First of all, the Sixers’ roster is pretty much set. In fact, they have too many players currently signed for the 2018-19 season. They also have virtually no cap space, meaning 'Melo would have to sign for the minimum. This is the same dude that literally laughed when he was asked if he’d be willing to come off the bench in Oklahoma City. Now he’s going to be willing to take the vet minimum to come here? 

Secondly, the Rockets are without a doubt the most logical destination (Banana Boat Team!). They’re also tight on cap space, but if you’re Anthony, Houston represents a better scenario if he’s interested in winning. It already has James Harden and Chris Paul and took the defending champs to seven games in the Western Conference Finals. The signing of 'Melo wouldn’t make the Sixers favorites to win the East, so why not join up with your old buddy Paul and try to take down the Warriors?

Then there’s fit. At this point in his career, Anthony is a stretch four and no longer a wing. So where does he fit in with Dario Saric, and the recently-acquired Wilson Chandler and Nemanja Bjelica? As mentioned earlier, Anthony is coming off the least efficient — and the worst shooting — season of his career. How much would he add to the team’s core of Joel Embiid and Ben Simmons?

And 'Melo doesn’t exactly seem like the mentoring type. He seems like the kind of guy that would be more concerned about his minutes and shots than about taking Markelle Fultz under his wing. I could be wrong and maybe 'Melo does just that, relating to Fultz about the pressure of being a high pick. I just don’t see it.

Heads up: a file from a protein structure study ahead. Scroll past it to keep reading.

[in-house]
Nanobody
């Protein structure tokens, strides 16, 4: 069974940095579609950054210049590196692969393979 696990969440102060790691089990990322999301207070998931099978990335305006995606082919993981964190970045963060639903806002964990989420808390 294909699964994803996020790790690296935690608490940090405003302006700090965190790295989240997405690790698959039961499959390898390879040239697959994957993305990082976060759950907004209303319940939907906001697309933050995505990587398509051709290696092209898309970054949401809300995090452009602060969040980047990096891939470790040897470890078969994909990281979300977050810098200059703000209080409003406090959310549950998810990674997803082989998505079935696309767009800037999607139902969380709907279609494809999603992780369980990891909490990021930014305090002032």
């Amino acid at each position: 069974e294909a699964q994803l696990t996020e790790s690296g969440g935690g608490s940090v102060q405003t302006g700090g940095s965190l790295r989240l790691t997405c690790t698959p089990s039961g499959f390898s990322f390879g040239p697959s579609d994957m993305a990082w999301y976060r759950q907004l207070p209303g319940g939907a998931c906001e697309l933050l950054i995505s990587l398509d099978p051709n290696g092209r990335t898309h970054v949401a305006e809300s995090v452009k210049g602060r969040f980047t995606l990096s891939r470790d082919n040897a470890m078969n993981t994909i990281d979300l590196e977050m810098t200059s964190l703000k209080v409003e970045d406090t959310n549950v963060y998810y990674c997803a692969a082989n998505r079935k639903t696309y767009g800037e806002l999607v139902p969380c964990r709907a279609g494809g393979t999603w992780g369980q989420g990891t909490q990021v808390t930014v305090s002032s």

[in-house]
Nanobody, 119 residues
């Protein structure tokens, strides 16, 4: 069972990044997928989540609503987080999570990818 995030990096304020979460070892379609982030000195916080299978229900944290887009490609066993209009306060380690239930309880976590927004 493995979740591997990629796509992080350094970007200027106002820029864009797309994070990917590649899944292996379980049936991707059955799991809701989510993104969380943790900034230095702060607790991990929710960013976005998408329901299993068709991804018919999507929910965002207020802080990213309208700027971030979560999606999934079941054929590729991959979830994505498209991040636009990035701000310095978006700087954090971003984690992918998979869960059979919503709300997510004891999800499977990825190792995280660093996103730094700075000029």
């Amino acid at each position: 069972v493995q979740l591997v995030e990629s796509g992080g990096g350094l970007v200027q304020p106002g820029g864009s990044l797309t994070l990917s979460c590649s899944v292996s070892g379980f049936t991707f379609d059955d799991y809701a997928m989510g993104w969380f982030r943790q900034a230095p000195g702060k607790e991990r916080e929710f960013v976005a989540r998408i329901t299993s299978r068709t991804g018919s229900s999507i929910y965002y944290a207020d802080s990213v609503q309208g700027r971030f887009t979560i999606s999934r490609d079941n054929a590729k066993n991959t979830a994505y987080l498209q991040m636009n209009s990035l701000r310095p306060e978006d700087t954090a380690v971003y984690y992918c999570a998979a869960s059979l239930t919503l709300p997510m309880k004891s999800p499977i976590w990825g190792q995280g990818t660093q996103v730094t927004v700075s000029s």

With all that said, there’s value in taking a shot on a former NBA scoring champ. He can create his own shot, something the Sixers seriously lack. And maybe he would play nice and help some of the team’s young pieces take their game to the next level. Would it be worth kicking the tires on? Possibly. 

But in the end, the cons seem to strongly outweigh the pros. The Sixers need more scoring, but they’re better served betting on Fultz to make a leap in Year 2 and for Embiid and Simmons to take their game to another level.

Let 'Melo stay out West and Trust the Process.

More on the Sixers

More Sixers vs. Thunder, please

More Sixers vs. Thunder, please

BOX SCORE

OKLAHOMA CITY — The season series between the Sixers and Thunder isn’t really over, is it?

These teams could play each other 20 more times and each game would be one to watch.

What started in Philadelphia on Dec. 15 as a triple-overtime thriller carried over to Oklahoma City Sunday night as a high-intensity battle that resulted in a 122-112 win for the Thunder on their home court (see observations).

While the Sixers and Thunder will not face off again until next season, these two contests were just a glimpse into what already has the making of a must-see matchup.